Despite the demand to believe all women, the claims of Kavanaugh accusers Christine Blasey Ford and Deborah Ramirez have been unraveling of late. As CBS News reported, “All four people that Ford identified as being at that high-school party in the summer of 1982 have now said no such party occurred, and today both the Republican chair of the Senate Judiciary Committee and the Democratic chair of the House Judiciary Committee said they would not support impeaching Kavanaugh.”
As for Ramirez, who was in the spotlight once again thanks to the hype surrounding New York Times reporters Robin Pogrebin’s and Kate Kelly’s new book, her story about Kavanaugh exposing himself to her at a college party hasn’t withstood scrutiny either. After the Times issued a clarification about a misleading excerpt published in the paper’s opinion section over the week, the book’s authors have been doing a lot of damage control about the veracity of their sources, not all of it effective. In a radio interview this week, Pogrebin acknowledged that Ramirez “was incredibly drunk,” at the time the alleged interaction with Kavanaugh occurred, which likely affected her memory.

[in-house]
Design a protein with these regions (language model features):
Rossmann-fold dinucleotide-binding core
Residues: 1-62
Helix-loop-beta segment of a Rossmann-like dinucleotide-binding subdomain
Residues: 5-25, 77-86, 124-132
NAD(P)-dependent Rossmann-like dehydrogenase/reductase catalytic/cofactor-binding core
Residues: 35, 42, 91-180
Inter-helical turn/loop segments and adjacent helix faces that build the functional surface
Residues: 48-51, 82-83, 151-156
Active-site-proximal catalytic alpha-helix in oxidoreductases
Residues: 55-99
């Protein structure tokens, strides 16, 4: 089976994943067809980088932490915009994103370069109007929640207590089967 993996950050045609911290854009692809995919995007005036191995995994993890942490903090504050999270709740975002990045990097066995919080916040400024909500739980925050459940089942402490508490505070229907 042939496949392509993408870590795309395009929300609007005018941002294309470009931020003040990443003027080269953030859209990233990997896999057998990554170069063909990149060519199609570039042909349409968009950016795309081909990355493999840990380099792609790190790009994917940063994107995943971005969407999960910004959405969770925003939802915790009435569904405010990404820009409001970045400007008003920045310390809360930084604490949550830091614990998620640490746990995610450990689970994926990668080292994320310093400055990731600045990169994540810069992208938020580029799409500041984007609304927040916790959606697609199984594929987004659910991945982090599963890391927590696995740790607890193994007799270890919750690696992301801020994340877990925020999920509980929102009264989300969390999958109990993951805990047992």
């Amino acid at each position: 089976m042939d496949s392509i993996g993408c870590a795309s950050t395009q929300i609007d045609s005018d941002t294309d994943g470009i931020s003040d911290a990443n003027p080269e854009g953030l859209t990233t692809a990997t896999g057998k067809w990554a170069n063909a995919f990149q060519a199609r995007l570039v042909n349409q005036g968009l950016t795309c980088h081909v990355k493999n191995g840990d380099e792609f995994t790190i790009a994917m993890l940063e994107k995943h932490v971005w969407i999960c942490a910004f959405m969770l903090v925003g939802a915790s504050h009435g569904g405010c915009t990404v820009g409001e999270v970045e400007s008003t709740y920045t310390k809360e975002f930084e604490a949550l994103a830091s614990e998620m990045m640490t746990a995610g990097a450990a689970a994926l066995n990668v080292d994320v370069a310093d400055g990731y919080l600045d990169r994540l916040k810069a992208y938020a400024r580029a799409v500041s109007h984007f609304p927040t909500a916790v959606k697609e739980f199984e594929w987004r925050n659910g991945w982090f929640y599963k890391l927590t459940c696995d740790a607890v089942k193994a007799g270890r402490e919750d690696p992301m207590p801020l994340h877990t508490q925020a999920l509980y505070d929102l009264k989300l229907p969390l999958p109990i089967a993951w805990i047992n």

In some ways, #BelieveAllWomen is the natural successor to second-wave feminism’s insistence that the personal is political. But it goes further by insisting that experience carries as much if not more weight than the facts if the two are in conflict.
In an essay in the Atlantic describing their book, for example, Pogrebin and Kelly mention their jobs as reporters, but more frequently cite their experience “as women” and as “mothers of daughters” (and of sons), as well as invoking their “gut reaction” to what they heard about Kavanaugh from others.